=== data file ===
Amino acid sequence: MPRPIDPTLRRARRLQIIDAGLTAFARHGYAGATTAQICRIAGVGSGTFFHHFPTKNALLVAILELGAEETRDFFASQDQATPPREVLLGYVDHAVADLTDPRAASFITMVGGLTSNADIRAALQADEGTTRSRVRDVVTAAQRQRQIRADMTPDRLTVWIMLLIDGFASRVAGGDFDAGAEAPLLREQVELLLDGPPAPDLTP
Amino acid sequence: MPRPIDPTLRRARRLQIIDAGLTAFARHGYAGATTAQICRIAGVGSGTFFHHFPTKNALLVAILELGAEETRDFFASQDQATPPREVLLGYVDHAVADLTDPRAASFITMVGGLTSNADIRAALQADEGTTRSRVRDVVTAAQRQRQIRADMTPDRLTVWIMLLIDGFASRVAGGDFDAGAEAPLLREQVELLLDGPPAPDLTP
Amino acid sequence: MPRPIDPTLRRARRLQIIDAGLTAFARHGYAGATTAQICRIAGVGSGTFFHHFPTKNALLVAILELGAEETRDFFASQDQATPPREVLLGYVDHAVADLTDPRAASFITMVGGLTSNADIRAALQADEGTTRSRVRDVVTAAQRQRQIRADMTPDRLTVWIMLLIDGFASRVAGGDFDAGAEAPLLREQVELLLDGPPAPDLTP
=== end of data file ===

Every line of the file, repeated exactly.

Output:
Amino acid sequence: MPRPIDPTLRRARRLQIIDAGLTAFARHGYAGATTAQICRIAGVGSGTFFHHFPTKNALLVAILELGAEETRDFFASQDQATPPREVLLGYVDHAVADLTDPRAASFITMVGGLTSNADIRAALQADEGTTRSRVRDVVTAAQRQRQIRADMTPDRLTVWIMLLIDGFASRVAGGDFDAGAEAPLLREQVELLLDGPPAPDLTP
Amino acid sequence: MPRPIDPTLRRARRLQIIDAGLTAFARHGYAGATTAQICRIAGVGSGTFFHHFPTKNALLVAILELGAEETRDFFASQDQATPPREVLLGYVDHAVADLTDPRAASFITMVGGLTSNADIRAALQADEGTTRSRVRDVVTAAQRQRQIRADMTPDRLTVWIMLLIDGFASRVAGGDFDAGAEAPLLREQVELLLDGPPAPDLTP
Amino acid sequence: MPRPIDPTLRRARRLQIIDAGLTAFARHGYAGATTAQICRIAGVGSGTFFHHFPTKNALLVAILELGAEETRDFFASQDQATPPREVLLGYVDHAVADLTDPRAASFITMVGGLTSNADIRAALQADEGTTRSRVRDVVTAAQRQRQIRADMTPDRLTVWIMLLIDGFASRVAGGDFDAGAEAPLLREQVELLLDGPPAPDLTP